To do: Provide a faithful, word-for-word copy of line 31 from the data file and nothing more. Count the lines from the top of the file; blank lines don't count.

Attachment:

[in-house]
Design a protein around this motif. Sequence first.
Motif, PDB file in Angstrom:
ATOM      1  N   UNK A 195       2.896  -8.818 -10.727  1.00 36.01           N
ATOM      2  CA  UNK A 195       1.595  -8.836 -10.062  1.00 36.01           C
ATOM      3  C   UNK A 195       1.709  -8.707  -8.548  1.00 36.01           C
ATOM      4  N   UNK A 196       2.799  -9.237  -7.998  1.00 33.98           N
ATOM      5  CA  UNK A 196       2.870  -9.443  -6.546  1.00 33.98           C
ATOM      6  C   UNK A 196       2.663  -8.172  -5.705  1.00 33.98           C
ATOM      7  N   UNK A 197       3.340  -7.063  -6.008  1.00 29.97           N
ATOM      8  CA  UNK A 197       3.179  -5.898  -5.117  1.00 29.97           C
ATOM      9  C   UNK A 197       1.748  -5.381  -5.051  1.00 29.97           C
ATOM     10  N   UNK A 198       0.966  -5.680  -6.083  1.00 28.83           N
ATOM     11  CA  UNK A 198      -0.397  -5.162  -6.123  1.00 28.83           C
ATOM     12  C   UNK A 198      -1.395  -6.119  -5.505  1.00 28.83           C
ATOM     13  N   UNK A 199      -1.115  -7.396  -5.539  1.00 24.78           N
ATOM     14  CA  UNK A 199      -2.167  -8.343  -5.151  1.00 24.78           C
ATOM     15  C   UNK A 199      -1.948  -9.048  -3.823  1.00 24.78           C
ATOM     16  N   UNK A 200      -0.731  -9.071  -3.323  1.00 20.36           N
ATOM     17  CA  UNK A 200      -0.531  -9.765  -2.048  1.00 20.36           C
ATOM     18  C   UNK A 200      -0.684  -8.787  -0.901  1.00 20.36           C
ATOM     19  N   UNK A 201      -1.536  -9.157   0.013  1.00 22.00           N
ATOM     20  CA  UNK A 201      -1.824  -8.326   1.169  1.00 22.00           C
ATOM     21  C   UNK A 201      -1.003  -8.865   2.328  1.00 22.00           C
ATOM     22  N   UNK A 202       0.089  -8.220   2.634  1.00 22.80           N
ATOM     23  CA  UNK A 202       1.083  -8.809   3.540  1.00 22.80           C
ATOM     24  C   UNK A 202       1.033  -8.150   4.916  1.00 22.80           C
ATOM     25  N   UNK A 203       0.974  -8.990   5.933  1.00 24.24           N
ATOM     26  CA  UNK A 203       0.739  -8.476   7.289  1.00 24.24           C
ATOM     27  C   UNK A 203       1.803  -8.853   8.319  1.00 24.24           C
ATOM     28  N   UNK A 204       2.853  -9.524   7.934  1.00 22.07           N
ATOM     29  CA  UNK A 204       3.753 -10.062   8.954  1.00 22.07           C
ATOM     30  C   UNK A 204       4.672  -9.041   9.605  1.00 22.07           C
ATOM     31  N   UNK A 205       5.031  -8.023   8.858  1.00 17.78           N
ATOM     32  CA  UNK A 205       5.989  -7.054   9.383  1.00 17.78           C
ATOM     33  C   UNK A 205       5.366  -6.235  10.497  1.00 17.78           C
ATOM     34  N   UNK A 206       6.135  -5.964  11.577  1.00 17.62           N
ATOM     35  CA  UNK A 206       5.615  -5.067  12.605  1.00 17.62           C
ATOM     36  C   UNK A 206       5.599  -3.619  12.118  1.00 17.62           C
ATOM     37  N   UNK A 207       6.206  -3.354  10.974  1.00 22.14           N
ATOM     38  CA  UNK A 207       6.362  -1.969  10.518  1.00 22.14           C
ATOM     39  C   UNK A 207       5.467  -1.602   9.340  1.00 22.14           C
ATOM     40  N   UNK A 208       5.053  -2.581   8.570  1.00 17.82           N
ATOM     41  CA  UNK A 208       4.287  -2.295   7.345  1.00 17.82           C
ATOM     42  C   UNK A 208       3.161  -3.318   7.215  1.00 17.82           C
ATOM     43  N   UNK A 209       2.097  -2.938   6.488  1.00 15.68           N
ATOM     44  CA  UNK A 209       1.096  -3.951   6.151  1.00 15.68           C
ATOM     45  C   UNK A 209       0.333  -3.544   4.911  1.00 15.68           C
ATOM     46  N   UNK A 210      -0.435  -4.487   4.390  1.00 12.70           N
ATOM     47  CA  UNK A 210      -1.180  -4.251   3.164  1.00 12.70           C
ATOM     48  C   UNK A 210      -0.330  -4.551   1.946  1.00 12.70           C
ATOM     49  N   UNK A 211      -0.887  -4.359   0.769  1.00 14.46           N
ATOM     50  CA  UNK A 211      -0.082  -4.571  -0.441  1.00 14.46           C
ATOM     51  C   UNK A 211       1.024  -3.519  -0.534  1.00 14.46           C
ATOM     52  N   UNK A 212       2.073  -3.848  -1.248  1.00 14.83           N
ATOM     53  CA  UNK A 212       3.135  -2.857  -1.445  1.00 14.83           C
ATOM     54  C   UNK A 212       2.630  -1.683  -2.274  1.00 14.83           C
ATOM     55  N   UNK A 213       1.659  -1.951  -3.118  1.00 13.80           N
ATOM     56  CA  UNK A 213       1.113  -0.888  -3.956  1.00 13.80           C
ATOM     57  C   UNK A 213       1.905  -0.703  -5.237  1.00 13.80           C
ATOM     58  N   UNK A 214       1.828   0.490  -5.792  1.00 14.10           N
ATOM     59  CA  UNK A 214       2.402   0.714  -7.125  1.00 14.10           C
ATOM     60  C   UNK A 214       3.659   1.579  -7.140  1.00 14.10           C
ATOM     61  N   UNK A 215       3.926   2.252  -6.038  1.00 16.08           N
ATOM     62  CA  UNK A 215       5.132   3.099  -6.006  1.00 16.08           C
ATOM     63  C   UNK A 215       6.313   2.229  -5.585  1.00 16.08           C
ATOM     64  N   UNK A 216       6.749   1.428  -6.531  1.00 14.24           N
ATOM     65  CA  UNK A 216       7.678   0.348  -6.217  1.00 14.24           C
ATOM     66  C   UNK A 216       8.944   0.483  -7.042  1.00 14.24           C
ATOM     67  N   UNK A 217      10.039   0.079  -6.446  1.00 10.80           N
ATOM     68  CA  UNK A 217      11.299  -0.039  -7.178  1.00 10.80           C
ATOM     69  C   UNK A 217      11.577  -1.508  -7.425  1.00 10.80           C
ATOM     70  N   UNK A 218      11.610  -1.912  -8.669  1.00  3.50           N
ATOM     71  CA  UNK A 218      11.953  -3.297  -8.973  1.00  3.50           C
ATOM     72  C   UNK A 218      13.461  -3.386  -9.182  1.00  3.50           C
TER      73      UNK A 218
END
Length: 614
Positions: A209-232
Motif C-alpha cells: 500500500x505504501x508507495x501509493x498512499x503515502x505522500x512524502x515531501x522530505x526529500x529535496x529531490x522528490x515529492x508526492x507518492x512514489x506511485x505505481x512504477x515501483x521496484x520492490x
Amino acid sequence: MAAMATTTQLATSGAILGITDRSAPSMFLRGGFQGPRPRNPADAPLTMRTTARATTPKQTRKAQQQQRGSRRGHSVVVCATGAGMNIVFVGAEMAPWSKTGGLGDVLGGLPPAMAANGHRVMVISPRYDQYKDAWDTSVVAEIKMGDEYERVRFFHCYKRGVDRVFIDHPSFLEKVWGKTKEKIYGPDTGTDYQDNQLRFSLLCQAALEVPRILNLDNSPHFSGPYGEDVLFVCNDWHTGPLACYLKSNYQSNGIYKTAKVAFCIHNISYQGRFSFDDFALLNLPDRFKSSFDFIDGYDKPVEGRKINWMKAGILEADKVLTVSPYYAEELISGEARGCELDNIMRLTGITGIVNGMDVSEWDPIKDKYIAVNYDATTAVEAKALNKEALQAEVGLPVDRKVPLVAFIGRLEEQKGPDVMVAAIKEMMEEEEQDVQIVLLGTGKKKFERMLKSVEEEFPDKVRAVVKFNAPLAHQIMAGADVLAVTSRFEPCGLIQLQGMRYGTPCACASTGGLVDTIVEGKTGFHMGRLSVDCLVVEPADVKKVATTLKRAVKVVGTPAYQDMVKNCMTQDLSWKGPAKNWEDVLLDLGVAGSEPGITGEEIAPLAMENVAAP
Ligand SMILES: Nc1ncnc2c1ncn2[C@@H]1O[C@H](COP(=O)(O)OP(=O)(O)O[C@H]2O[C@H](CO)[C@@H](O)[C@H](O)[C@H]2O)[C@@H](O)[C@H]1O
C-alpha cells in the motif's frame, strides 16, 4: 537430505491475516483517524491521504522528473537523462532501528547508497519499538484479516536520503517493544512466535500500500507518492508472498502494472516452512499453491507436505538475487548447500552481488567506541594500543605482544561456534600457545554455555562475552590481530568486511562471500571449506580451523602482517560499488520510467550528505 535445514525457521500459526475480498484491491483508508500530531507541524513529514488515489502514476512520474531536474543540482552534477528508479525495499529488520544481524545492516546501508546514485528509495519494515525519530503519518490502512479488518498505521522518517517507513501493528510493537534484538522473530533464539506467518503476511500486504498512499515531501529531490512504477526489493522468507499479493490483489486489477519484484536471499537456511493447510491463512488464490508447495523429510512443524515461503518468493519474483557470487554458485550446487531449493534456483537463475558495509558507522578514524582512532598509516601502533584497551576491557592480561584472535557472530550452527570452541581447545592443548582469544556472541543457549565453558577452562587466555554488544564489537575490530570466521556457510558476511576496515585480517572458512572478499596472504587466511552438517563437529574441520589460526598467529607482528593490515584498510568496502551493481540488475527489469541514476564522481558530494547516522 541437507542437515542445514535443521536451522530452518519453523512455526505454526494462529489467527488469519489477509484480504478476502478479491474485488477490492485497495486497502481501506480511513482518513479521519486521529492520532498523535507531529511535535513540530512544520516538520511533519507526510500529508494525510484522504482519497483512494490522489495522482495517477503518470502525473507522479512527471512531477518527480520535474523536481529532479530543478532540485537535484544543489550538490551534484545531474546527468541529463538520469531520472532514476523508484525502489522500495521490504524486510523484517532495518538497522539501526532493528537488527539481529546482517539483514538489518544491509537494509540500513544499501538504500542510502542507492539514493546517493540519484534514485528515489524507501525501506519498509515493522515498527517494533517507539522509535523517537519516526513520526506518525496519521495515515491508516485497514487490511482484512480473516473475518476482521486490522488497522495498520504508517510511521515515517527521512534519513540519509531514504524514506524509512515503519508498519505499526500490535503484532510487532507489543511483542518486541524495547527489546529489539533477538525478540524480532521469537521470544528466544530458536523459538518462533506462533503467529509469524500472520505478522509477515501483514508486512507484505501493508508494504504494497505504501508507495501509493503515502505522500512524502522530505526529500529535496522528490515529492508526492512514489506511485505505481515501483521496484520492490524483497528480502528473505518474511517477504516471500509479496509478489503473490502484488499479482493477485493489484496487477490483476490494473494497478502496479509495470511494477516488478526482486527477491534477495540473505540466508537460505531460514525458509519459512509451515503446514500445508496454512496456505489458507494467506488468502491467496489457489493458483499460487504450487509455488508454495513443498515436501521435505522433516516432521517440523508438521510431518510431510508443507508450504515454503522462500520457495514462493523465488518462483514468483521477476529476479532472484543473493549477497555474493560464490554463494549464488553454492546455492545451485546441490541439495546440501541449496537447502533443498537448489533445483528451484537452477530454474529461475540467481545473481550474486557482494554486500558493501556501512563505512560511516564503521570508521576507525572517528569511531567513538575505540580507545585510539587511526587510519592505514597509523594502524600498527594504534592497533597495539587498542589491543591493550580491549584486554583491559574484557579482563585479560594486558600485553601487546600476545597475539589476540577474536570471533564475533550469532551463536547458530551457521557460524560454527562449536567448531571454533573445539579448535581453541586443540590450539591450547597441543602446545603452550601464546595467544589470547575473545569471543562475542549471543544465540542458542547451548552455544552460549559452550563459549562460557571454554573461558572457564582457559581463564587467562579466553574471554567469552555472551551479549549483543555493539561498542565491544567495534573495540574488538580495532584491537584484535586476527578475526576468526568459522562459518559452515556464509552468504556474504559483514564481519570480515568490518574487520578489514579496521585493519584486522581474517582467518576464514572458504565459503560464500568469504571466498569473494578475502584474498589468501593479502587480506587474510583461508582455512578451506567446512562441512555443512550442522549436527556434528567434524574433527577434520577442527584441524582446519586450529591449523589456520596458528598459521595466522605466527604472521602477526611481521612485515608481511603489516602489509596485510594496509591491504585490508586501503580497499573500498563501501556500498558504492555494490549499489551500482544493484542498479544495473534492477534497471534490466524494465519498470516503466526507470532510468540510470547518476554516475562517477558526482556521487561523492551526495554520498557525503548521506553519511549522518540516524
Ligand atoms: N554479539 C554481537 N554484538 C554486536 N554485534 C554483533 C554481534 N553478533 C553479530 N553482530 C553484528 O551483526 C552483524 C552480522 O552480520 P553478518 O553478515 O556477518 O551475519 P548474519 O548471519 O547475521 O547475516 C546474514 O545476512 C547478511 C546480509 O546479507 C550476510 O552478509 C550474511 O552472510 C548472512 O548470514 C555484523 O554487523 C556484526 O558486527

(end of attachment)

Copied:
ATOM     28  N   UNK A 204       2.853  -9.524   7.934  1.00 22.07           N